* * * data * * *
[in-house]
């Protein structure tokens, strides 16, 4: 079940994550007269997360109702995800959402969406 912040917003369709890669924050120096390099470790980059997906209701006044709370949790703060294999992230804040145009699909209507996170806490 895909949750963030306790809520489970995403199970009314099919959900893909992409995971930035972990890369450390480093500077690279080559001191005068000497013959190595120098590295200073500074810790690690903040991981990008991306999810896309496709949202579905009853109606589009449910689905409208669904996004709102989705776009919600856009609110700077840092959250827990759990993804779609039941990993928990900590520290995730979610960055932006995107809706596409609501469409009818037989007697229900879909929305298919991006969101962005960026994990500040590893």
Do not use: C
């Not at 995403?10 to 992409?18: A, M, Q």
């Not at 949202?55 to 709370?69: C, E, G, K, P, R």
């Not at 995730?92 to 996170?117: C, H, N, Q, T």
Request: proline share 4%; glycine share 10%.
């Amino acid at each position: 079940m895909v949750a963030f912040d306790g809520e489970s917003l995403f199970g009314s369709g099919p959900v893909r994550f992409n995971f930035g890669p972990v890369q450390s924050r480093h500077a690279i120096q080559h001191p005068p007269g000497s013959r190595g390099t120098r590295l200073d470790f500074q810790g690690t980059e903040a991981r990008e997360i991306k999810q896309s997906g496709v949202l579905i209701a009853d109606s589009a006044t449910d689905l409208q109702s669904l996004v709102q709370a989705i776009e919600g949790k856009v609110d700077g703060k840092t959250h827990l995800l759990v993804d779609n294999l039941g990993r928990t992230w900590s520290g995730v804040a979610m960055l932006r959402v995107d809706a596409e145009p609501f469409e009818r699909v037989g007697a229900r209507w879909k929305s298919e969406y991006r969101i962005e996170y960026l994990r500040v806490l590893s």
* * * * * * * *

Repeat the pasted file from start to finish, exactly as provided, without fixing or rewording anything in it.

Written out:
[in-house]
């Protein structure tokens, strides 16, 4: 079940994550007269997360109702995800959402969406 912040917003369709890669924050120096390099470790980059997906209701006044709370949790703060294999992230804040145009699909209507996170806490 895909949750963030306790809520489970995403199970009314099919959900893909992409995971930035972990890369450390480093500077690279080559001191005068000497013959190595120098590295200073500074810790690690903040991981990008991306999810896309496709949202579905009853109606589009449910689905409208669904996004709102989705776009919600856009609110700077840092959250827990759990993804779609039941990993928990900590520290995730979610960055932006995107809706596409609501469409009818037989007697229900879909929305298919991006969101962005960026994990500040590893």
Do not use: C
């Not at 995403?10 to 992409?18: A, M, Q």
């Not at 949202?55 to 709370?69: C, E, G, K, P, R």
């Not at 995730?92 to 996170?117: C, H, N, Q, T």
Request: proline share 4%; glycine share 10%.
């Amino acid at each position: 079940m895909v949750a963030f912040d306790g809520e489970s917003l995403f199970g009314s369709g099919p959900v893909r994550f992409n995971f930035g890669p972990v890369q450390s924050r480093h500077a690279i120096q080559h001191p005068p007269g000497s013959r190595g390099t120098r590295l200073d470790f500074q810790g690690t980059e903040a991981r990008e997360i991306k999810q896309s997906g496709v949202l579905i209701a009853d109606s589009a006044t449910d689905l409208q109702s669904l996004v709102q709370a989705i776009e919600g949790k856009v609110d700077g703060k840092t959250h827990l995800l759990v993804d779609n294999l039941g990993r928990t992230w900590s520290g995730v804040a979610m960055l932006r959402v995107d809706a596409e145009p609501f469409e009818r699909v037989g007697a229900r209507w879909k929305s298919e969406y991006r969101i962005e996170y960026l994990r500040v806490l590893s």